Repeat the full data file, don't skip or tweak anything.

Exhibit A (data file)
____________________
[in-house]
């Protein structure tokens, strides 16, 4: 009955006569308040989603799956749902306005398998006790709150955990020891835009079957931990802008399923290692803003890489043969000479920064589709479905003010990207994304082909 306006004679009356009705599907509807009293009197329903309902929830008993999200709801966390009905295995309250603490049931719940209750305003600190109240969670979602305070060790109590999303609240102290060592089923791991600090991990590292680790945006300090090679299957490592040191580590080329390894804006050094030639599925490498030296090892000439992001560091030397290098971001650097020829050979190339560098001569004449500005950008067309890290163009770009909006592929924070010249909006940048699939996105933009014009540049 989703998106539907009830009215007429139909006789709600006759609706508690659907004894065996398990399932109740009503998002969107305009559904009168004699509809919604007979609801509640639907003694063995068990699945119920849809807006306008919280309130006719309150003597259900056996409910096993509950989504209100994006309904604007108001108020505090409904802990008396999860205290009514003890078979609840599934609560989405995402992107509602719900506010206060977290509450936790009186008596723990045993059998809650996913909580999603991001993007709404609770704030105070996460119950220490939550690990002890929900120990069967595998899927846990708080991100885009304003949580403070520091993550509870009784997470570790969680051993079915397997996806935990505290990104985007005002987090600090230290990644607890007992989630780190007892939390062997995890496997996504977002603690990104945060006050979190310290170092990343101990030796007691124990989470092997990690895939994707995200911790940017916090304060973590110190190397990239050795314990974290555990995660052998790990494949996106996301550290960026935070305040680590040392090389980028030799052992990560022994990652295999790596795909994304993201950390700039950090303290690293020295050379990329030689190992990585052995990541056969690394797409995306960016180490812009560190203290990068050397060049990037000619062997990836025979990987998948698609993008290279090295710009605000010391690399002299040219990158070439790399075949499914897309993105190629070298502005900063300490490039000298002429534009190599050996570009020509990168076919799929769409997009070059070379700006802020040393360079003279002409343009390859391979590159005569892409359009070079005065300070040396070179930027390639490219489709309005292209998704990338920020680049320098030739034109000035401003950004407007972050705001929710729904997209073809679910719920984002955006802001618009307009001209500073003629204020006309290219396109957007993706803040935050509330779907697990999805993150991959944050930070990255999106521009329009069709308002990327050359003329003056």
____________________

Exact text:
[in-house]
């Protein structure tokens, strides 16, 4: 009955006569308040989603799956749902306005398998006790709150955990020891835009079957931990802008399923290692803003890489043969000479920064589709479905003010990207994304082909 306006004679009356009705599907509807009293009197329903309902929830008993999200709801966390009905295995309250603490049931719940209750305003600190109240969670979602305070060790109590999303609240102290060592089923791991600090991990590292680790945006300090090679299957490592040191580590080329390894804006050094030639599925490498030296090892000439992001560091030397290098971001650097020829050979190339560098001569004449500005950008067309890290163009770009909006592929924070010249909006940048699939996105933009014009540049 989703998106539907009830009215007429139909006789709600006759609706508690659907004894065996398990399932109740009503998002969107305009559904009168004699509809919604007979609801509640639907003694063995068990699945119920849809807006306008919280309130006719309150003597259900056996409910096993509950989504209100994006309904604007108001108020505090409904802990008396999860205290009514003890078979609840599934609560989405995402992107509602719900506010206060977290509450936790009186008596723990045993059998809650996913909580999603991001993007709404609770704030105070996460119950220490939550690990002890929900120990069967595998899927846990708080991100885009304003949580403070520091993550509870009784997470570790969680051993079915397997996806935990505290990104985007005002987090600090230290990644607890007992989630780190007892939390062997995890496997996504977002603690990104945060006050979190310290170092990343101990030796007691124990989470092997990690895939994707995200911790940017916090304060973590110190190397990239050795314990974290555990995660052998790990494949996106996301550290960026935070305040680590040392090389980028030799052992990560022994990652295999790596795909994304993201950390700039950090303290690293020295050379990329030689190992990585052995990541056969690394797409995306960016180490812009560190203290990068050397060049990037000619062997990836025979990987998948698609993008290279090295710009605000010391690399002299040219990158070439790399075949499914897309993105190629070298502005900063300490490039000298002429534009190599050996570009020509990168076919799929769409997009070059070379700006802020040393360079003279002409343009390859391979590159005569892409359009070079005065300070040396070179930027390639490219489709309005292209998704990338920020680049320098030739034109000035401003950004407007972050705001929710729904997209073809679910719920984002955006802001618009307009001209500073003629204020006309290219396109957007993706803040935050509330779907697990999805993150991959944050930070990255999106521009329009069709308002990327050359003329003056």